The cable assembly is preferably manufactured by means of electrical contact elements 19. A crimped joint 20 is provided in each case between the contact elements 19 and the cores of the wires 13 (see also FIG. 8). A rivetted joint 21 is provided in each case between the contact elements 19 and the conductor tracks on the printed circuit board 10 (see also FIG. 9). The joints 20 and 21 can also clearly be seen in the longitudinal section illustration according to FIG. 10.

After the production of the cable assembly between a large number of conductor strip sections 9 and a large number of printed circuit boards 10 which are fitted with LED elements 4, this unit is mated with a covering strip 22, according to FIG. 11, to produce a simple embodiment of a lighting strip that does not require waterproof sealing of the electrical junction points. The covering strip 22 has a channel 24 which is constricted by latching tabs 23 and makes it possible to clip in the printed circuit board 10. The covering strip 22 furthermore has openings 25, which are arranged in a row one behind the other, for the LED elements 4 to pass through. The subject of FIG. 11 can now be introduced into a retaining channel 2 in a floor strip 1, for example, and can be supported and held therein by the self-locking sealing profiled strip 5, as is shown in FIG. 1.

For lighting strips in which there must be no sealing problems, it is preferably provided that the end regions of the conductor strip sections 9, the contact elements 19, the printed circuit boards 10 and the LED elements 4 are in each case encapsulated in a coloured plastic housing 26 that leaves exposed only the light outlet side of the LED elements 4 and is formed by direct overmoulding. The plastic housing 26, shown in FIGS. 7 through 10, can also be designed with integrally moulded clip-on strips 27 for a mounting arrangement in a covering strip 22 (see also FIG. 11).

The plastic housing 26 may also be composed of a transparent material and may also encapsulate the light outlet side of the LED elements 4 as well. In this case, it is recommended that a material attachment, which is not illustrated in more detail, be integrally formed on the light outlet sides of the individual LED elements 4, for fitting engagement in the retaining openings 8 in the sealing profiled strip 7 (FIG. 2).

A manufacturing apparatus, which is shown in a schematic illustration in FIG. 12, may be used to carry out the method for manufacturing an illumination strip for a lighting strip. This method is described, by way of example, for manufacturing the lighting strips depicted in FIGS. 1 and 2. In this case, a conductor strip 3 of finite length is drawn off a supply roll 30 and is fed to a cutting station 31. The cutting station 31 is equipped with tools which divide the conductor strip 3 into conductor strip sections 9 by cutting in each case, in order then to strip the insulation off the mutually adjacent end regions of the conductor strips 3 and the conductor strip section 9. The tools hold the stripped end regions firmly and move so far apart from one another that, in a feedstation 32, the contact elements 19 can firstly be forced against the stripped end regions in order to produce a crimped joint 20, and can be forced against the supplied printed circuit board 10 in order to produce a rivetted joint 21 (see FIG. 7). Depending on the tool design, the cutting station 31 and the feed station 32 may physically coincide, or else be physically separated from one another.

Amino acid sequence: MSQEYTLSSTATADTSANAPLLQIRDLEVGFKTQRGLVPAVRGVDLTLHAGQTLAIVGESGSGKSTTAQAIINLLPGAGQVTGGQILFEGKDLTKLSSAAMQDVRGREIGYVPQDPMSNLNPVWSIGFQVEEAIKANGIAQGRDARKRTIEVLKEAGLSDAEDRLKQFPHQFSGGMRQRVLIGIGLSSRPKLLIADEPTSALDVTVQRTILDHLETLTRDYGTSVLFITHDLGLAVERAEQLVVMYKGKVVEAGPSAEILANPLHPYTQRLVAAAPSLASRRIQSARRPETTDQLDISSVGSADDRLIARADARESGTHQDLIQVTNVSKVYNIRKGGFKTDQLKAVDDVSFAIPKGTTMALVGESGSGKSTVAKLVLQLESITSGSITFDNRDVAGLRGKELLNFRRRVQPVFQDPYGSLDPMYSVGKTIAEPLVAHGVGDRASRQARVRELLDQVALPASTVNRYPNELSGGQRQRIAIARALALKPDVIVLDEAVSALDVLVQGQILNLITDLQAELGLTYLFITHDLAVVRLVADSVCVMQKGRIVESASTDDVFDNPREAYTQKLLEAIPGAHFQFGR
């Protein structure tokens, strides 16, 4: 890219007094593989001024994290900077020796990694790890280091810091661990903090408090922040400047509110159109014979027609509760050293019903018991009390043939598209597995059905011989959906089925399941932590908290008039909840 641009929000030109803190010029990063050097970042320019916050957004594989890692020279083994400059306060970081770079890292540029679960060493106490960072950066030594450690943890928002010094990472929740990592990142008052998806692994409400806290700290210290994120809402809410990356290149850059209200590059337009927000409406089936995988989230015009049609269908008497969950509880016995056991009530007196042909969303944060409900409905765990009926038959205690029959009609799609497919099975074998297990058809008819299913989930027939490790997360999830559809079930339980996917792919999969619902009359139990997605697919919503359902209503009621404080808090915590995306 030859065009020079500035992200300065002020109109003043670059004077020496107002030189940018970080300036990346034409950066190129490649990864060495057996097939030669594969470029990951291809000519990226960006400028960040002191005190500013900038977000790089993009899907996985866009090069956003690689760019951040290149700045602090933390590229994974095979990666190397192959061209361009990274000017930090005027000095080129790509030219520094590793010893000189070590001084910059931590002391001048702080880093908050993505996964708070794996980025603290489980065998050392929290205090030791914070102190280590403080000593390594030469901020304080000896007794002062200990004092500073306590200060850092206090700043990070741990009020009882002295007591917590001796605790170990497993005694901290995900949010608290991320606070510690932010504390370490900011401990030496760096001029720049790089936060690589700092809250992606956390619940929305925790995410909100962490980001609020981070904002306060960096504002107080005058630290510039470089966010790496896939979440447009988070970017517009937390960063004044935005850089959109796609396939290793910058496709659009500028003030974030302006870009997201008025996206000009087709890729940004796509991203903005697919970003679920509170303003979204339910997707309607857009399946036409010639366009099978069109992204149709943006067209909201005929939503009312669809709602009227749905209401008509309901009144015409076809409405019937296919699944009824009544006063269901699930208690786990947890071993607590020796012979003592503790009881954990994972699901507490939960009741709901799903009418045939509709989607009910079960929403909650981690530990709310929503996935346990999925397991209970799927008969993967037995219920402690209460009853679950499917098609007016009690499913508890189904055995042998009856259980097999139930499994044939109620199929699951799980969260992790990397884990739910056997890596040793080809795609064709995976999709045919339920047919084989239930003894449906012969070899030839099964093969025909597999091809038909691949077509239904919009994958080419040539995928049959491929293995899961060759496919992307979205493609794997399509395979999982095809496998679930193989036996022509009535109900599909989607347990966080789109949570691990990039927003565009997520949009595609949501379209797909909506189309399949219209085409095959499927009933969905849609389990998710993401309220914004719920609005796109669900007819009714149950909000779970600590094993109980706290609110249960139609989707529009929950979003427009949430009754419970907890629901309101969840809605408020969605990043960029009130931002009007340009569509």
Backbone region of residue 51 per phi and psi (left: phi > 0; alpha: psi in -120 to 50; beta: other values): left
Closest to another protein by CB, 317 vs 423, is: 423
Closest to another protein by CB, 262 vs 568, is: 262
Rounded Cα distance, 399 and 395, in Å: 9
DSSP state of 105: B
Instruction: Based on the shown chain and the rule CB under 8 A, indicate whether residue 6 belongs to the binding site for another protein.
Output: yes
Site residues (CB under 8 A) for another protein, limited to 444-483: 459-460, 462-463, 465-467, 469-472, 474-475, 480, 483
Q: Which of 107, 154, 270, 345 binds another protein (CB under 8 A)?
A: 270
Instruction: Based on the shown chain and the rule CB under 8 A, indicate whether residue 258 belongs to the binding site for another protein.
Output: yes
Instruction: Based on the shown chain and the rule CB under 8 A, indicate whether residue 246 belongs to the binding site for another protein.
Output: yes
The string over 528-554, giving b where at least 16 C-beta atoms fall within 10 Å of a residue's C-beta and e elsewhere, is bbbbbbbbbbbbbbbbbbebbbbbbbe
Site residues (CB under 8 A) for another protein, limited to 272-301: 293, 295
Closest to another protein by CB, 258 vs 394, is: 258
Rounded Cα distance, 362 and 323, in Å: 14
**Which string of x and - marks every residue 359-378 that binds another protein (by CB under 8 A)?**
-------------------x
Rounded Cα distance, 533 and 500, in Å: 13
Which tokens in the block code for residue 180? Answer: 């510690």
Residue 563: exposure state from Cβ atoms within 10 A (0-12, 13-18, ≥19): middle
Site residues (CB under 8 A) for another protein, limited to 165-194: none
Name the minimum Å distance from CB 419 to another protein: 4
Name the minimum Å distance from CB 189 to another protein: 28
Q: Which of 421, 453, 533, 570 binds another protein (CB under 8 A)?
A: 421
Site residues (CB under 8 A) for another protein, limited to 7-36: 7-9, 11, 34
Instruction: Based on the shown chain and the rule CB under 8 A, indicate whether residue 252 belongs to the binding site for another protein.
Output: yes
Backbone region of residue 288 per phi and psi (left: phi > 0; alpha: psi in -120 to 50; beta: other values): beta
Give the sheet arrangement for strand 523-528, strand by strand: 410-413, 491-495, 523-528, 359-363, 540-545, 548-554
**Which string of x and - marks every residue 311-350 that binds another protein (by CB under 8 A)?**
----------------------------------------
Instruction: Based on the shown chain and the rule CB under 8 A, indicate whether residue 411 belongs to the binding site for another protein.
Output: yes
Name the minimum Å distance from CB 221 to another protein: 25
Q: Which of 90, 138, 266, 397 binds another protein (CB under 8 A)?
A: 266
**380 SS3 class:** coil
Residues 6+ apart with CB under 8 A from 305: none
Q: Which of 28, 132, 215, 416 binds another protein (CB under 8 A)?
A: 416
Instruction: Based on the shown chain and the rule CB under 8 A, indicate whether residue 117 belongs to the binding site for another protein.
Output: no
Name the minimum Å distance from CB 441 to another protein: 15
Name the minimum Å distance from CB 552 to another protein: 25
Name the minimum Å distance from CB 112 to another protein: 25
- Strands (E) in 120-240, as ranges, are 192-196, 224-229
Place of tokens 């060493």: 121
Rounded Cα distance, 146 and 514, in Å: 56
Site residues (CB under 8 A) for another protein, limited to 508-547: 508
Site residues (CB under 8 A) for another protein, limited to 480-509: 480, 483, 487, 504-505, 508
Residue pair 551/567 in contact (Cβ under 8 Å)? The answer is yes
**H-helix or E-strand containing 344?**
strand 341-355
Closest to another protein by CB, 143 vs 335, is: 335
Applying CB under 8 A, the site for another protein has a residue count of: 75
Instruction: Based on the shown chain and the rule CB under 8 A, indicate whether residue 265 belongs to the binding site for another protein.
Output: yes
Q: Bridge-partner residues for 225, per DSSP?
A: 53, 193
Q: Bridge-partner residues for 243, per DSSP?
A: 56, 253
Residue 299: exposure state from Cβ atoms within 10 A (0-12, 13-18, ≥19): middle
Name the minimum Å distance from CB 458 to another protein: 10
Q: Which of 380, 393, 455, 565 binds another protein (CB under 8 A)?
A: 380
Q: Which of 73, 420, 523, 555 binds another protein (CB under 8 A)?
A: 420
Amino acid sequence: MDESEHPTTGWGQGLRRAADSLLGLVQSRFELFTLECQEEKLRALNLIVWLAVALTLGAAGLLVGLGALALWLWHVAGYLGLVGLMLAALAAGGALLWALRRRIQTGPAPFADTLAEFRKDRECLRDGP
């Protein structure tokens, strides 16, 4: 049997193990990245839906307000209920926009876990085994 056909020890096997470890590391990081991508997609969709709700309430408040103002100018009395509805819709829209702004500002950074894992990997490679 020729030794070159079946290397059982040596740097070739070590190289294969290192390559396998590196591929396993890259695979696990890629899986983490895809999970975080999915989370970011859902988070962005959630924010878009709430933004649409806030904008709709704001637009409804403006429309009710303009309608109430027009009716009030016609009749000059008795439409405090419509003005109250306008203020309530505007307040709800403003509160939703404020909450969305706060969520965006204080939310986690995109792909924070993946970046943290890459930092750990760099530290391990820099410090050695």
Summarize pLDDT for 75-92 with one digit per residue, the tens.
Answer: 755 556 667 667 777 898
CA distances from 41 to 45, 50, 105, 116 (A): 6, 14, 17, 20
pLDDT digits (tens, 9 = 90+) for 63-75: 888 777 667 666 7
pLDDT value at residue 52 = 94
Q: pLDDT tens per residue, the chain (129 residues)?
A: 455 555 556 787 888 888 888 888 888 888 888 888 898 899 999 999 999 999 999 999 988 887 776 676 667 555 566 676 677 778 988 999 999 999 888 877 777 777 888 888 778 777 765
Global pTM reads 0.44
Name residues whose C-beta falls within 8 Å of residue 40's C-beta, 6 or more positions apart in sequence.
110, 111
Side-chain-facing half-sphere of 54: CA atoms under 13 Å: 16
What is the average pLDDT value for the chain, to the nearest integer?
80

The respectively supplied printed circuit board 10 is equipped at least with a premounted LED element 4, and possibly also with a premounted resistor 12 (see FIG. 7). The printed circuit board 10, which is electrically conductively connected to the cable ends, is transported onward, and is fed to an overmoulding station 33.

In the overmoulding station 33, the printed circuit board 10 is then overmoulded, together with the contact elements 19 and the end regions of the conductors connected to the printed circuit board 10, with plasticized plastic material. If a coloured plastic material is used, the light outlet side of the LED element 4 is kept free of plastic material, while complete overmoulding and encapsulation are provided if a transparent, translucent plastic material is to be used.

The overmoulding station 33 is followed by an inspection station 34, in which a 100% light inspection is carried out.